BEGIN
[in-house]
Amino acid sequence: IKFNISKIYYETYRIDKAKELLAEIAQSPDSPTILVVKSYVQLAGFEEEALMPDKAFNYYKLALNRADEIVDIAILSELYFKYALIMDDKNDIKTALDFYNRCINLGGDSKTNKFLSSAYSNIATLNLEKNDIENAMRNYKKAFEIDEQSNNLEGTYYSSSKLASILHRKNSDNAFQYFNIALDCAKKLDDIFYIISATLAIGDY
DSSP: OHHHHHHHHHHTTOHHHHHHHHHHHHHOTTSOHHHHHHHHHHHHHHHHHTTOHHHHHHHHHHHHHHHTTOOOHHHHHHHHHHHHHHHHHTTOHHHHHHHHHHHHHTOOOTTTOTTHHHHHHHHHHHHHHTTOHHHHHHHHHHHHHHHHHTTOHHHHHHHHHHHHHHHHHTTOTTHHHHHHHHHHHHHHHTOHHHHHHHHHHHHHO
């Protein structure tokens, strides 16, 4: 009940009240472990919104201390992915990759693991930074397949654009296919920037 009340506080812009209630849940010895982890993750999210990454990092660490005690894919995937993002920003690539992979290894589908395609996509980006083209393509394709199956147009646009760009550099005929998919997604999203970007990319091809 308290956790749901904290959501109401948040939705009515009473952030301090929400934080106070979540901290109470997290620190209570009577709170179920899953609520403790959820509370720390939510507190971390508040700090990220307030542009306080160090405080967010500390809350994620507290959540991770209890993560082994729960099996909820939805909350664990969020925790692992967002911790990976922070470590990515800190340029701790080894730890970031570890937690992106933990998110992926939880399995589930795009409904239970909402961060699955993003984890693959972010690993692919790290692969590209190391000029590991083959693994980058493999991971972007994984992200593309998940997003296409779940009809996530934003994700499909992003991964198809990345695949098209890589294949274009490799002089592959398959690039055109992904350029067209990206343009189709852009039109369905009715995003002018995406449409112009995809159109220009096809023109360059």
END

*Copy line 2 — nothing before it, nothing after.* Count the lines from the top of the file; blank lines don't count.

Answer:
Amino acid sequence: IKFNISKIYYETYRIDKAKELLAEIAQSPDSPTILVVKSYVQLAGFEEEALMPDKAFNYYKLALNRADEIVDIAILSELYFKYALIMDDKNDIKTALDFYNRCINLGGDSKTNKFLSSAYSNIATLNLEKNDIENAMRNYKKAFEIDEQSNNLEGTYYSSSKLASILHRKNSDNAFQYFNIALDCAKKLDDIFYIISATLAIGDY